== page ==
Everybody loves sugar. Be it in delicacies or in beverages, sugar sweetens up our lives and raises our mood. But when you actually have a choice, which type of sugar should you pick? Is brown sugar healthier than white sugar or is this just a myth?
Let’s take this step by step. First of all…
What is brown sugar?
The 2 major sources of sugar are sugar beets and sugarcanes. After harvesting and processing those, the result we get is called raw sugar and it consists of large brownish crystals. Be patient, this is not brown sugar. Raw sugar needs to undergo further refining in order to remove the molasses. The process includes the melting of raw sugar into liquid, the chemical removal of the impurities and color and the concentration of the syrup by boiling and cooling till its final crystallization. This crystallized product is called refined white sugar.
Depending on the degree of the refining, there are several other types of sugar. More specifically, Demerara and Turbinado sugar are minimally refined, with the latter having a delicate caramel flavor. On the contrary Muscovado, Panela and Jaggery are unrefined types of sugar.
“But what do all these have to do with brown sugar?”, you may ask. Well, it’s simple. Brown sugar is actually the mixture of refined white sugar with molasses. These molasses give the sugar the characteristic brownish color and lumpy texture.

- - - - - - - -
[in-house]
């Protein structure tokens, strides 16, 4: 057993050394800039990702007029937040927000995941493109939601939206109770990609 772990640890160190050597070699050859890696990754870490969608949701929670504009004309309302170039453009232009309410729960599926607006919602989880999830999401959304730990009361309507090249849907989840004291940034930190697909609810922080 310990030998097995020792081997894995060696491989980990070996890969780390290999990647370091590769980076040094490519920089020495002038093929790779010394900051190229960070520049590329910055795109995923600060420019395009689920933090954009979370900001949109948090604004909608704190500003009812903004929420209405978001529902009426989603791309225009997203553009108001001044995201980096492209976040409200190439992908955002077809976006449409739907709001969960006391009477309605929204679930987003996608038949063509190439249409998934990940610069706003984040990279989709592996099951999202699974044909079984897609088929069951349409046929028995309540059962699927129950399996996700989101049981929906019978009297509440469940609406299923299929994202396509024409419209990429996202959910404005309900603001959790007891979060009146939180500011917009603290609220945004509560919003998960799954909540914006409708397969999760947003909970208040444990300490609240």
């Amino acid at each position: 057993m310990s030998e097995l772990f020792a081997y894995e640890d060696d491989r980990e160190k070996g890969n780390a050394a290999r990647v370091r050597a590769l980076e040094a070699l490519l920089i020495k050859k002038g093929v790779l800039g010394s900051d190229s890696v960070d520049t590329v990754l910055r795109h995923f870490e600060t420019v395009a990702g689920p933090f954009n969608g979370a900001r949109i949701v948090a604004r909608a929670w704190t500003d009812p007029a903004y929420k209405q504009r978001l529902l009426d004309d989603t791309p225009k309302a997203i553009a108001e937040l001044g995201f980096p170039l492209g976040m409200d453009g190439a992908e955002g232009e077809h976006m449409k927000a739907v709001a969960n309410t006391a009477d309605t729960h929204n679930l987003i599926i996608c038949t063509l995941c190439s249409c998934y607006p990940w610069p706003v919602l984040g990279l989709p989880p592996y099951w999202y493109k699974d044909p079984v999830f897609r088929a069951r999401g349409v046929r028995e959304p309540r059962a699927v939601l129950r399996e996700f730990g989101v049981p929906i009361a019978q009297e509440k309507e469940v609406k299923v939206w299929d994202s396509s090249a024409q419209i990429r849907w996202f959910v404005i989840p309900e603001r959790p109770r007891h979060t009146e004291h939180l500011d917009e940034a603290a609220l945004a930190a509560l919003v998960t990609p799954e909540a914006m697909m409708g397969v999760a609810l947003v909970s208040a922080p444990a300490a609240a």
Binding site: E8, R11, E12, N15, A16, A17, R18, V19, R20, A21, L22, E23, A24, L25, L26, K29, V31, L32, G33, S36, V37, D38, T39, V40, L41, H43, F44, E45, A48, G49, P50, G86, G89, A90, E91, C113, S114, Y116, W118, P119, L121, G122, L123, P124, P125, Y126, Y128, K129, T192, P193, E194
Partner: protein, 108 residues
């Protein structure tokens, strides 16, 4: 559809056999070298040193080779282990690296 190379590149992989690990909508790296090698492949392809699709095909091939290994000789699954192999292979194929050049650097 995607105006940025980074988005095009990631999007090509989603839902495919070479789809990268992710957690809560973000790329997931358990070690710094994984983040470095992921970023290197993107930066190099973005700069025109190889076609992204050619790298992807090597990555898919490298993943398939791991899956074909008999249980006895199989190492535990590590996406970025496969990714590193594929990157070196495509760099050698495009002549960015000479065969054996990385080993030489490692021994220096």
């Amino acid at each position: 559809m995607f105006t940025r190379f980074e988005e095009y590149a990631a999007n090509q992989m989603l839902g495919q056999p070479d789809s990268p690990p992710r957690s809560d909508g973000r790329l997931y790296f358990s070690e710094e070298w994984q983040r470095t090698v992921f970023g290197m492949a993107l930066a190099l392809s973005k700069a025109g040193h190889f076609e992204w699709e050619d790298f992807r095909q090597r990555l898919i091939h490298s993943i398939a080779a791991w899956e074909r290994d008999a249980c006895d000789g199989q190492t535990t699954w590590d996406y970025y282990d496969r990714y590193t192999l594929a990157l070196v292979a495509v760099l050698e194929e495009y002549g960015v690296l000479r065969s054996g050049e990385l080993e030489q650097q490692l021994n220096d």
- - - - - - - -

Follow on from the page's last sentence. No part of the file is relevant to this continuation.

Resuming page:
Now that we know what brown sugar is, let’s go back to the original question.
Is brown sugar healthier than white sugar?
Well…not really. Granted, brown sugar contains certain minerals, such as potassium, iron, magnesium and calcium, as opposed to white sugar. This is because of the molasses that are present in brown sugar. The thing is, though, that these minerals are in tiny amounts which means that there is no real health benefit to using brown sugar. Meanwhile, the caloric value of the two types of sugar is pretty much the same, as shown by USDA. So, in the end, the only real difference is the taste.
The bottom line
Brown and white sugar are two types of sugar that differ in taste but not in nutritional value. So, the next time you face this dilemma, feel free to let your tongue make the call.